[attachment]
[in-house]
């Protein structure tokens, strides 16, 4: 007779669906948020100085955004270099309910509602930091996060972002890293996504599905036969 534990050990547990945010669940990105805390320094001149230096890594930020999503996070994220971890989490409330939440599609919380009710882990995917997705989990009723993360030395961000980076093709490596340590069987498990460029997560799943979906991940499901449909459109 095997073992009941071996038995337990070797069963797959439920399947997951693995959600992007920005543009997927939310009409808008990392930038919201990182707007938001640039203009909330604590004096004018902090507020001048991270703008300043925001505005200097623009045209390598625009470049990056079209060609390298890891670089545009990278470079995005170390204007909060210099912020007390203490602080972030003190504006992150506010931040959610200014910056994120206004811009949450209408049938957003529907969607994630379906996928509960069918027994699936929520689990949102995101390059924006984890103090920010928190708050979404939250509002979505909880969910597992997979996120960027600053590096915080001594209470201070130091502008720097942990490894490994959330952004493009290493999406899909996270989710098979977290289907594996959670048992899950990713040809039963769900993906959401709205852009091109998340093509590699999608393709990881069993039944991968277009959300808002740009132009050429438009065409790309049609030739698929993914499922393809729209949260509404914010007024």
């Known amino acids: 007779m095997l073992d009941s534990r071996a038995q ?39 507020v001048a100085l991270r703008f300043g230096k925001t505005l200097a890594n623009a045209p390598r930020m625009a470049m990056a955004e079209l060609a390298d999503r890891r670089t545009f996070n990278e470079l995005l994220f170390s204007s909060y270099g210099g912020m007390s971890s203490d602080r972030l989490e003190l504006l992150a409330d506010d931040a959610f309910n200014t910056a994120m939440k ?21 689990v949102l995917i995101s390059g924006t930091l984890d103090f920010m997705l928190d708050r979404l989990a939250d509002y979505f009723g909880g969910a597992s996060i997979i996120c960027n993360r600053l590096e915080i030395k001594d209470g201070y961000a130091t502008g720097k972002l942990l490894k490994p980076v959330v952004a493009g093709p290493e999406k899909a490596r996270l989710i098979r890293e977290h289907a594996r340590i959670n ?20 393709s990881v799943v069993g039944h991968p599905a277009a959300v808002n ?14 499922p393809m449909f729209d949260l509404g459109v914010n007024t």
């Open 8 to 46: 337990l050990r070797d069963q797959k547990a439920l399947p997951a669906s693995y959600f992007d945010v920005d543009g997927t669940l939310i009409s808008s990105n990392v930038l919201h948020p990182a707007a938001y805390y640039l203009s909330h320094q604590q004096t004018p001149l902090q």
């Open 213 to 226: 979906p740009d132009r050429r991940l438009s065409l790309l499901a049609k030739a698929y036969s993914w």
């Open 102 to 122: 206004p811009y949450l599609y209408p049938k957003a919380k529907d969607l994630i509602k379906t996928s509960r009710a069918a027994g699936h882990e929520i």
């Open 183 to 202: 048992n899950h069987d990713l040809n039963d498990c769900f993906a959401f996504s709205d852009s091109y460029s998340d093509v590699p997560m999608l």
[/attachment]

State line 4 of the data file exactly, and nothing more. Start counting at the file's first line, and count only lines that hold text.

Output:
């Open 8 to 46: 337990l050990r070797d069963q797959k547990a439920l399947p997951a669906s693995y959600f992007d945010v920005d543009g997927t669940l939310i009409s808008s990105n990392v930038l919201h948020p990182a707007a938001y805390y640039l203009s909330h320094q604590q004096t004018p001149l902090q």